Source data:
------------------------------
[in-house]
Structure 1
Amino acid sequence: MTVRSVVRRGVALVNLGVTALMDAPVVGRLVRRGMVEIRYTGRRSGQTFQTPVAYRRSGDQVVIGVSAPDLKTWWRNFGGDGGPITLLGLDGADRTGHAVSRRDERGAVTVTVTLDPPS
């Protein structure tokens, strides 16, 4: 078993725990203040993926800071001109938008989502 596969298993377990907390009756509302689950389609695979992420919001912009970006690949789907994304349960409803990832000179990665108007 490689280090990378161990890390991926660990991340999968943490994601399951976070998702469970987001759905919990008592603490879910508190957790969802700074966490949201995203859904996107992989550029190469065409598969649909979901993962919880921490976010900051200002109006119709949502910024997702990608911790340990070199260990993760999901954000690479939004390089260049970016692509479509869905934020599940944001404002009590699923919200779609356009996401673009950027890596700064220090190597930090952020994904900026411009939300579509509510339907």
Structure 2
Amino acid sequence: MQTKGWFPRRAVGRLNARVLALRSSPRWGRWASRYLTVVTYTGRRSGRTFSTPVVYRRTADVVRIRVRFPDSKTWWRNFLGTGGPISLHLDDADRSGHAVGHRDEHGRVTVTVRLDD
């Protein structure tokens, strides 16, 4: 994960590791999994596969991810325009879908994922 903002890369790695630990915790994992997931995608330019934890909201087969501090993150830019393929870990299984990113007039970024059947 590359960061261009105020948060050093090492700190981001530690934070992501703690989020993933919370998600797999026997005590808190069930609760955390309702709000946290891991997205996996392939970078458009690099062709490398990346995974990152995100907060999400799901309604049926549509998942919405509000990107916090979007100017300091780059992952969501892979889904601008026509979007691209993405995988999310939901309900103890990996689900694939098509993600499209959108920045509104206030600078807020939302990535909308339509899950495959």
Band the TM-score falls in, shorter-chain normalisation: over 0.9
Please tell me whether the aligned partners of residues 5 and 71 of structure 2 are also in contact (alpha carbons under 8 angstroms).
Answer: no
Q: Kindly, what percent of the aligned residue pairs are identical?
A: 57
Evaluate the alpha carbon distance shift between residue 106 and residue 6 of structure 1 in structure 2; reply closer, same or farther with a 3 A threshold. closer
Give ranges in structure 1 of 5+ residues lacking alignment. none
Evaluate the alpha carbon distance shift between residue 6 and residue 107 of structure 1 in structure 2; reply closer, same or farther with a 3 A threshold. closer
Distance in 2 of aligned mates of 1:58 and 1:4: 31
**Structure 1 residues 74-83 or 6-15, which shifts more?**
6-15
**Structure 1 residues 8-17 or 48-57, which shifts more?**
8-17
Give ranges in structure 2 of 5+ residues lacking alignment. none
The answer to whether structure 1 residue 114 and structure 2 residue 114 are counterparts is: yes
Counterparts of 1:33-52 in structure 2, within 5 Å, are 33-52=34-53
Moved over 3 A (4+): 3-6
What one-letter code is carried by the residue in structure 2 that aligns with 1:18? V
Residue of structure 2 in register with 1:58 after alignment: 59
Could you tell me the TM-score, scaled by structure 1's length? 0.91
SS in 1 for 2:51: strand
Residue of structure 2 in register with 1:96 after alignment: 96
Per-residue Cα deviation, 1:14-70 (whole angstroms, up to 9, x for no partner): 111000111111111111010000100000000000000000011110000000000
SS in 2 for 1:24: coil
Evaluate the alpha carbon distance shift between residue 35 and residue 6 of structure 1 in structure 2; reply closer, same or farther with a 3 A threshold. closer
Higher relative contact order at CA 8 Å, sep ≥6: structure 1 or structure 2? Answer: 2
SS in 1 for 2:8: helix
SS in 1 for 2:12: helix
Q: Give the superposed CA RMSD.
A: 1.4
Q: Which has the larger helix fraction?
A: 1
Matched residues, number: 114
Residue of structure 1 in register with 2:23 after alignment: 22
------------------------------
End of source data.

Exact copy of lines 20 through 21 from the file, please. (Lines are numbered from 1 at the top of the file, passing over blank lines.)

8-17
Give ranges in structure 2 of 5+ residues lacking alignment. none